Educator Spotlight | Heidi Lacroix

Madison Montessori Academy | Kemptville, Ontario

HiMama is improving learning outcomes for children zero to five. We support early childhood education because the sector is the most challenging teaching environment. Low wages, lack of professional development and long days; HiMama’s aim is to ease childcare management and support early childhood professionals.

The HiMama team firmly believes that early childhood professionals deserve to be celebrated and that recognition is important. Our Educator Spotlight is one way we are shining a light on the important and undervalued work of childcare professionals.


Heidi found her true career passion after volunteering at Madison Montessori Academy in high school. Working with young children really inspired her to learn more about the profession, and once she completed her education she returned full-time to an educator role at the Academy where she got her start.


There is so much Heidi admires about early childhood education and she can also acknowledge the challenges in the role. For instance, Heidi notes that in the past having coworkers who are ‘not on the same page’ can be challenging when building curriculum plans for young children. The key to creating a cohesive classroom is open communication between teachers. An example she uses is while one teacher might feel that comforting a child with a hug is inappropriate, others might feel is required. The actual decision is less important to Heidi, and more that all teachers understand where each other is coming from. Luckily for Heidi, these challenges have been an issue in the past, but that currently at her centre she appreciates that the visions for the program are understood and valued

Another key challenge, as we’ve noted at HiMama before – is the lack of fair wages for early childhood educators. “ECEs are not at all paid what they should be”, laments Heidi. Early childhood professionals need to have continuous professional learning to maintain their registered early childhood educator licence in Ontario, and Heidi wishes that there were more opportunities to access professional resources in a rural areas. “ECEs should be given more ways to better themselves in the field”.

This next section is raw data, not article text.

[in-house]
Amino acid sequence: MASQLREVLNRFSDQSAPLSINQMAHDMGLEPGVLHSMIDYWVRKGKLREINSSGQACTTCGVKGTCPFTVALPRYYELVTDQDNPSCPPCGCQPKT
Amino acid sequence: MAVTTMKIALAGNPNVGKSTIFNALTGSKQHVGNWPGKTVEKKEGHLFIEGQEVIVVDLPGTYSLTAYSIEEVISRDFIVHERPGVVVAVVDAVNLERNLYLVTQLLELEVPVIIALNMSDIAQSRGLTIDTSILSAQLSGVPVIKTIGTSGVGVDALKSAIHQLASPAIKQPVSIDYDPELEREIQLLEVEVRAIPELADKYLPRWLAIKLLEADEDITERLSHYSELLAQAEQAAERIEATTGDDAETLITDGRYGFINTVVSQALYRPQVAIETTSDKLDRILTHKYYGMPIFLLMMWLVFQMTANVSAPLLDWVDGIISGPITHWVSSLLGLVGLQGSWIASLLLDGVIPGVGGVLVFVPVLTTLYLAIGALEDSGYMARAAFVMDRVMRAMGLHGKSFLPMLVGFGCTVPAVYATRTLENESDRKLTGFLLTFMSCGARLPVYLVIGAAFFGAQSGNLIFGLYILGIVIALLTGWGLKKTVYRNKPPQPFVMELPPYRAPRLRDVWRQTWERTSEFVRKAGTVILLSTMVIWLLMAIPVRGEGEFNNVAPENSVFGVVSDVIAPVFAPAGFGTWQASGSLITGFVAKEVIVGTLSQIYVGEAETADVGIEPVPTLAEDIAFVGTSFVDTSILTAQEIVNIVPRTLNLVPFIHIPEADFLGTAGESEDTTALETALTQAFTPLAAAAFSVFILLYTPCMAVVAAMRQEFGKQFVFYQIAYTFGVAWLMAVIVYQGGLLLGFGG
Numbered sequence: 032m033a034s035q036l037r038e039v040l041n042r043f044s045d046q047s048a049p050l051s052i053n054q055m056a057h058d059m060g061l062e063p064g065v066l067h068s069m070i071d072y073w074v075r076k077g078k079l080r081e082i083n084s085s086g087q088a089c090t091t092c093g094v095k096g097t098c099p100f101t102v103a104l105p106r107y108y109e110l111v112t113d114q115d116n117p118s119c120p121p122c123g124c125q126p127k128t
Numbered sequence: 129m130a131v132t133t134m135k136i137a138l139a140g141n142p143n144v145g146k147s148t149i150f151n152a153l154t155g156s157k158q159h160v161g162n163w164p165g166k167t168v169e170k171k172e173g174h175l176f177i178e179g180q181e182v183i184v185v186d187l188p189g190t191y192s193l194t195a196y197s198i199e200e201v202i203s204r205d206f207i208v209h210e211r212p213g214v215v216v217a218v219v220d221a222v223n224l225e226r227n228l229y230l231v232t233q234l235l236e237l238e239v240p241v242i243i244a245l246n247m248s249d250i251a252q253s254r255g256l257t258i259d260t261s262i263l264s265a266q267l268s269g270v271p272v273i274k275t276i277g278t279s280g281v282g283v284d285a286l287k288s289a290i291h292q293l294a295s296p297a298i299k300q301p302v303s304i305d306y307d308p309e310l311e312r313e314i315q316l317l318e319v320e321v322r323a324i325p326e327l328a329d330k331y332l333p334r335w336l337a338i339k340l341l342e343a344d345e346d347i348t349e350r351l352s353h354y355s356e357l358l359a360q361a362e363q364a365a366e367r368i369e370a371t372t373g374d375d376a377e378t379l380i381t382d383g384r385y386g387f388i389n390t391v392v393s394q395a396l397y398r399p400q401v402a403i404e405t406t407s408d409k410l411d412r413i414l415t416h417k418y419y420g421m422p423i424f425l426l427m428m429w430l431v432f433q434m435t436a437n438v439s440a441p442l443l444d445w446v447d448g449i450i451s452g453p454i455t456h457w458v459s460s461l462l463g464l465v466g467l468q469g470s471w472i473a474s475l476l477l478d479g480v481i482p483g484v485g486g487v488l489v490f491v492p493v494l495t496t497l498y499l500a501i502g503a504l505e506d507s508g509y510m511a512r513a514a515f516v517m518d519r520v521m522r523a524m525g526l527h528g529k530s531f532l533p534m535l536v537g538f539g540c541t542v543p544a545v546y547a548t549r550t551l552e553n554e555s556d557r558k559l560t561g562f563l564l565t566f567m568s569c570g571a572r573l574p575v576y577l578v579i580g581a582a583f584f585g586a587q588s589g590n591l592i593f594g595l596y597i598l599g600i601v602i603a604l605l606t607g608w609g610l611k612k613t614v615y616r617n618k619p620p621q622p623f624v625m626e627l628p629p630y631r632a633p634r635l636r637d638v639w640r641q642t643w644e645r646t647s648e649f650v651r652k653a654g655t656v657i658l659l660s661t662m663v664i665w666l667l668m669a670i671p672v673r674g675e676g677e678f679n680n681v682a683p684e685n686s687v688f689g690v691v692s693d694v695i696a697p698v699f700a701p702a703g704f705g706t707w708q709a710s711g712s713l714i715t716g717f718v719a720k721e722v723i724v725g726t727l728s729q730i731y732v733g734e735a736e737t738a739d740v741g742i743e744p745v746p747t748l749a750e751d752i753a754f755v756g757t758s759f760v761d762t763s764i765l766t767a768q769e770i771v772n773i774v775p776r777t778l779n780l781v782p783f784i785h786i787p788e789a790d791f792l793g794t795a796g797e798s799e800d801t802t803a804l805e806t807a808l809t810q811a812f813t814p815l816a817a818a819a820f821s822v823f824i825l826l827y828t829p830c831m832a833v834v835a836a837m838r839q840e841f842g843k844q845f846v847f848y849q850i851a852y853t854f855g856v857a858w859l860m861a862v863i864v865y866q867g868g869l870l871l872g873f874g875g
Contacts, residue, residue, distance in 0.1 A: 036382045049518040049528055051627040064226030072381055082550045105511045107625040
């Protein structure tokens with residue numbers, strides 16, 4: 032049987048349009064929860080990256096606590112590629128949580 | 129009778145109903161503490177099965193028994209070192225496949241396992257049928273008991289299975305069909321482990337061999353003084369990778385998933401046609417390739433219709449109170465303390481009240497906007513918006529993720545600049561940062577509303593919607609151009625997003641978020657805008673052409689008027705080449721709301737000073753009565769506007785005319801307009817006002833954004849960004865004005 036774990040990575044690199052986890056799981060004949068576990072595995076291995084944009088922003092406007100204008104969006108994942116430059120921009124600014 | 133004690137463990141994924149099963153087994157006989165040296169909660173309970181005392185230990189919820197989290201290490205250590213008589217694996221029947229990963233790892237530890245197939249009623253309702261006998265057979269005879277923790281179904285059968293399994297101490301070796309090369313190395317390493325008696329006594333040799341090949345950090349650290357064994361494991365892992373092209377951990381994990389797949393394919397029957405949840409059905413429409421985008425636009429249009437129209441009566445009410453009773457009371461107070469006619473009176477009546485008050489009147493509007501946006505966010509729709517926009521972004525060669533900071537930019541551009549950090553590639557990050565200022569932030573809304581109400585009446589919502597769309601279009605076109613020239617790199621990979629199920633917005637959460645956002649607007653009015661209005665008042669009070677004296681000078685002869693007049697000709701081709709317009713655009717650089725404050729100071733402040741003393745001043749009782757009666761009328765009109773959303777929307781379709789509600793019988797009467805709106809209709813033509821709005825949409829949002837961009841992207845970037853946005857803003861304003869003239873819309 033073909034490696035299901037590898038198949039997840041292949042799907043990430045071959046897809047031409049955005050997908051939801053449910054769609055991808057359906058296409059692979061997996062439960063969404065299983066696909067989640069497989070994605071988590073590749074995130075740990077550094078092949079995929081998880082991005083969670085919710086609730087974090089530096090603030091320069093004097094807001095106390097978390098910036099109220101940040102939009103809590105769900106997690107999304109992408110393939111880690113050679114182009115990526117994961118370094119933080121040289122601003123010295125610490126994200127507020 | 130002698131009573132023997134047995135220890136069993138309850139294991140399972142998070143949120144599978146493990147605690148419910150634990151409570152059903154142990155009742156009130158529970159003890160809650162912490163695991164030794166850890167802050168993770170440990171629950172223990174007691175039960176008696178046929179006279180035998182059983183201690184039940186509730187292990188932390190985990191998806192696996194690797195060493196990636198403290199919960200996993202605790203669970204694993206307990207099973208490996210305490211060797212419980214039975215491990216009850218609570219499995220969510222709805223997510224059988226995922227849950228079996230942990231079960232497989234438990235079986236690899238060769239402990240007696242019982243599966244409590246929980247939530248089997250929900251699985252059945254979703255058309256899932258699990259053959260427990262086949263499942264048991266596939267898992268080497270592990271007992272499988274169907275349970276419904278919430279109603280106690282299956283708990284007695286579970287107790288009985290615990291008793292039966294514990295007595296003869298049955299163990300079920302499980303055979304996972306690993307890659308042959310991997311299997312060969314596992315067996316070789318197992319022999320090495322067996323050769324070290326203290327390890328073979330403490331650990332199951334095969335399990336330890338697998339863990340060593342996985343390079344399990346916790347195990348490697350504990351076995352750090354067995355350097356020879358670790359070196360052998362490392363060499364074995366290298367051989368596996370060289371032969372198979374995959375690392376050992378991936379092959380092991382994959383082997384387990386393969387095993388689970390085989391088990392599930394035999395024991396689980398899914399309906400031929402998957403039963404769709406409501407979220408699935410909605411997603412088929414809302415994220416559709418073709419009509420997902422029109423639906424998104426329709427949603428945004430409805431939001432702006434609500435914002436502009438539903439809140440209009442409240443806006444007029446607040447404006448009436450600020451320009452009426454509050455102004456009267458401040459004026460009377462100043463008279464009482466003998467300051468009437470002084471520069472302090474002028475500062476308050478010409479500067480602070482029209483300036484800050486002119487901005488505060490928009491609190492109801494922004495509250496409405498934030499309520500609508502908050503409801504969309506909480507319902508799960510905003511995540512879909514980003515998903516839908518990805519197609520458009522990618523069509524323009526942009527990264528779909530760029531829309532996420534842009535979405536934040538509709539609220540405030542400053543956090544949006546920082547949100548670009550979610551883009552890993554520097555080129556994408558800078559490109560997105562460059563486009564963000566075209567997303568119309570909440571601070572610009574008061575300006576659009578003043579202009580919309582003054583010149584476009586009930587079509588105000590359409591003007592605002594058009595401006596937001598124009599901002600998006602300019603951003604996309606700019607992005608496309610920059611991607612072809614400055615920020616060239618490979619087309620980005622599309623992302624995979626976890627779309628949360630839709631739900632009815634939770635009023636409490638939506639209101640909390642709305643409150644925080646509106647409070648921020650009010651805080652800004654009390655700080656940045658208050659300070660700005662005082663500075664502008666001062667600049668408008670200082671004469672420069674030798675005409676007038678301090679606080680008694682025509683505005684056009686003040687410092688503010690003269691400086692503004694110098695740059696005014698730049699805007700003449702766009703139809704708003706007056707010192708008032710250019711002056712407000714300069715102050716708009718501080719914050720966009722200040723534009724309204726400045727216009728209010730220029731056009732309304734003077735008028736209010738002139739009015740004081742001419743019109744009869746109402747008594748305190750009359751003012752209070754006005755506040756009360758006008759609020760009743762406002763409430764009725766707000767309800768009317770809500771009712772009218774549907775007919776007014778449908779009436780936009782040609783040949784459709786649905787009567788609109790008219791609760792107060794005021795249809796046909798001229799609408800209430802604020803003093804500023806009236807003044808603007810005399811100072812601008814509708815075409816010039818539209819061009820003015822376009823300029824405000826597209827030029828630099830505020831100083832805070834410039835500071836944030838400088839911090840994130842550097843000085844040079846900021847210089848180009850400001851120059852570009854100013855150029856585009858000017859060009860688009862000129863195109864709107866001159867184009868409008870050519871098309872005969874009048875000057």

Seeing a child laugh over even the simplest of things brings Heidi the most joy. She finds excitement in the way that the smallest things are the biggest things to children, and the way they experience the world for the first time. “Pay attention to the small things, because they are the big things to your children”. Heidi finds joy in watching the children discover the world for themselves. “It is so rewarding and heartwarming to see a children’s eyes light up when they learn something new and exciting”.


If parents don’t have positive relationships with their child’s educator, that makes it substantially more difficult for the educator to have a smooth relationship with the child. In Heidi’s world, there are 18 children in her classroom and thankfully, she feels confident that she can talk with any of the parents about any issues with their child. If a child has had a bad day she can be honest with the parent knowing that they will understand what that means and how they can help provide support.

One practical way of blending parent communication and learning and development is with her approach to potty training. Heidi uses a toileting agreement created by her colleagues – one where the parent signs a contract that says a parent agrees to try to mirror the school’s approach to toilet training. This way, the parent and the educator are both aligned on what’s required to get through this transition period, and the child has a sense of routine.


“ECE is my passion – I love my job so much and I can’t imagine doing anything else. ECE chose me I didn’t choose ECE.”

For many years, when Heidi began as an early childhood professional, her goal was to work in the school board. She initially believed that moving from a child care center to a K-12 environment would be the growth she strived to achieve. But the longer she worked in her Montessori environment, the more she grew to appreciate and admire the hard work in the world of children aged 0-5. Today, Heidi’s professional goal is to become a Head Teacher in the classroom. Generally Head Teachers are in the role because they’ve been there the longest – and Heidi is interested in becoming a Head Teacher in a senior toddler class, and to establish new links between toddler rooms and preschool rooms – a curriculum she envisions as a ‘Junior Casa’ class.

Do you have an educator you think should be in our Educator Spotlight? Contact us today and let us know!